South Korea begins plasma treatment trial for Mers
South Korea is to begin trials of an experimental plasma treatment for Middle East Respiratory Syndrome (Mers) which has now killed 19 people.
The treatment - which has already proved useful for tackling other deadly diseases, including Ebola - uses blood from patients who have successfully fought off the same infection.
To date, more than 150 people in the country have been infected with Mers.
Also on Tuesday, Germany reported its first death from the disease.
The 65-year-old man died in a clinic in the north-western city of Osnabruck, German media reports say.
The South Korean health ministry said two hospitals would begin the plasma treatment trials.
The outbreak in South Korea originated from a 68-year-old man who had travelled to the Middle East. He was diagnosed as the country's first Mers patient last month.
Four new cases were reported there on Tuesday, as well as three deaths.
Officials emphasise that the number of new cases is decreasing, but there is still widespread fear and misinformation.
Health workers are spraying disinfectant inside karaoke rooms and other businesses, and teachers are sprinkling salt on school grounds in a misplaced attempt to protect themselves as many schools reopen this week.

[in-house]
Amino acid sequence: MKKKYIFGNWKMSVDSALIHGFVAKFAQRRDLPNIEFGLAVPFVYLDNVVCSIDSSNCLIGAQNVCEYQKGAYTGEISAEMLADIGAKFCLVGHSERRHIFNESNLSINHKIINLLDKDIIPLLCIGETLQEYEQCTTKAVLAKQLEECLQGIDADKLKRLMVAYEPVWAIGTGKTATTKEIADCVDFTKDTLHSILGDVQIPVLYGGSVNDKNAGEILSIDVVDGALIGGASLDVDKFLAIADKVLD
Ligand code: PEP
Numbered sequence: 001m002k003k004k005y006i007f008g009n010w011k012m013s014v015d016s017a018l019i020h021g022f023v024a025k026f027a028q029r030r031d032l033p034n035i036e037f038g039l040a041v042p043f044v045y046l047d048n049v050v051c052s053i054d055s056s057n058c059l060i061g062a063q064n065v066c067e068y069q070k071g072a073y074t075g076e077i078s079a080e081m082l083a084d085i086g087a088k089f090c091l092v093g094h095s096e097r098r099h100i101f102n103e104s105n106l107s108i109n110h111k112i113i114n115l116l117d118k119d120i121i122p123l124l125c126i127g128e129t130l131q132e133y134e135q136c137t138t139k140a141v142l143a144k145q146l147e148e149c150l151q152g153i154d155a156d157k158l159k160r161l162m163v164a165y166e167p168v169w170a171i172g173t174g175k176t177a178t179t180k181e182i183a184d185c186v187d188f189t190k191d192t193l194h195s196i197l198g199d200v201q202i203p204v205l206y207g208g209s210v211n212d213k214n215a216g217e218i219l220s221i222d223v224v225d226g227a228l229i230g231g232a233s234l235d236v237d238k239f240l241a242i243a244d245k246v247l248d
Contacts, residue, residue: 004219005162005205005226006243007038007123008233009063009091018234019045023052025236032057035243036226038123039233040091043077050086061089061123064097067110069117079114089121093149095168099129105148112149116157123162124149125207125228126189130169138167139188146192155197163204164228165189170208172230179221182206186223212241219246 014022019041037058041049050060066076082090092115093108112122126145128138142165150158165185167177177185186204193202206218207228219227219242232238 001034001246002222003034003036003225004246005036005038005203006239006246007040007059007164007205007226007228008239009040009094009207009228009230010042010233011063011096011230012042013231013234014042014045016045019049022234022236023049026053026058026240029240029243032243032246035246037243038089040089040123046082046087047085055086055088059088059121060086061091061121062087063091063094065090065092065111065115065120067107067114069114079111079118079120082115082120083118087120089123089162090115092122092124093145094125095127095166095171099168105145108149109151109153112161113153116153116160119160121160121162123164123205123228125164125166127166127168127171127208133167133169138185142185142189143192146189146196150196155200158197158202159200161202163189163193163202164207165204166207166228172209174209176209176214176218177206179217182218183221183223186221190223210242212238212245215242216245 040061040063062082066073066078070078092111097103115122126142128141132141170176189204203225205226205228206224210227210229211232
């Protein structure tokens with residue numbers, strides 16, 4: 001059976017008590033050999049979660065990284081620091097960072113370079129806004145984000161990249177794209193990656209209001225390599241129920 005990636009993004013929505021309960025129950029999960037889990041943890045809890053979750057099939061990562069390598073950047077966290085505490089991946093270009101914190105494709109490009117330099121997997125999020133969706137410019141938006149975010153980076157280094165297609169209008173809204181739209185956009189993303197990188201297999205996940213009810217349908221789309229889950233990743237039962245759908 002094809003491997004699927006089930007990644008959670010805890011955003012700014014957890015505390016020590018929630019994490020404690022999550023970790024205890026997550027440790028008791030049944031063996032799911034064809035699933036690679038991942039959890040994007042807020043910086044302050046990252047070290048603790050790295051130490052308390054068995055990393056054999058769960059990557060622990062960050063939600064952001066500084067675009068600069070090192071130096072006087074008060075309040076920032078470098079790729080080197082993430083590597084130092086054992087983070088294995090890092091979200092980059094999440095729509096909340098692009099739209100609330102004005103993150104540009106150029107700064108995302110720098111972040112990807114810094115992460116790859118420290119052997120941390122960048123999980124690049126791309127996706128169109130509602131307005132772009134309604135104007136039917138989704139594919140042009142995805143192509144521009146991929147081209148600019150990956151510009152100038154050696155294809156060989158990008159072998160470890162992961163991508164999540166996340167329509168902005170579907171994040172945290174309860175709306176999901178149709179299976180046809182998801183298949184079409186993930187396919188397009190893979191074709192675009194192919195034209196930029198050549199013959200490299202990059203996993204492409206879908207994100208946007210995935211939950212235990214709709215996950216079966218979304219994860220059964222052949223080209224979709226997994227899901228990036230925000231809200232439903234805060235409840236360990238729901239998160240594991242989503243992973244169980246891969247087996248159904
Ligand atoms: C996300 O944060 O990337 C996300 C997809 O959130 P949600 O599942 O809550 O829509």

There is currently no cure or vaccine that can protect people from Mers.
The disease is caused by a coronavirus from the same family as the one that triggered China's deadly 2003 outbreak of Severe Acute Respiratory Syndrome (Sars) and is most likely spread by coughs and sneezes.
Middle East Respiratory Syndrome (Mers)
- Mers is caused by a coronavirus, a type of virus which includes the common cold and Sars (severe acute respiratory syndrome).
- First cases emerged in the Middle East in 2012, and the first death in Saudi Arabia in June that year.
- It is not known for certain how it is transmitted. It is possible the virus is spread in droplets when an infected person coughs or sneezes.
- Patients have a fever, cough and breathing difficulties, but Mers can also cause pneumonia and kidney failure.
- Approximately 36% of reported patients with Mers have died - there is no vaccine or specific treatment.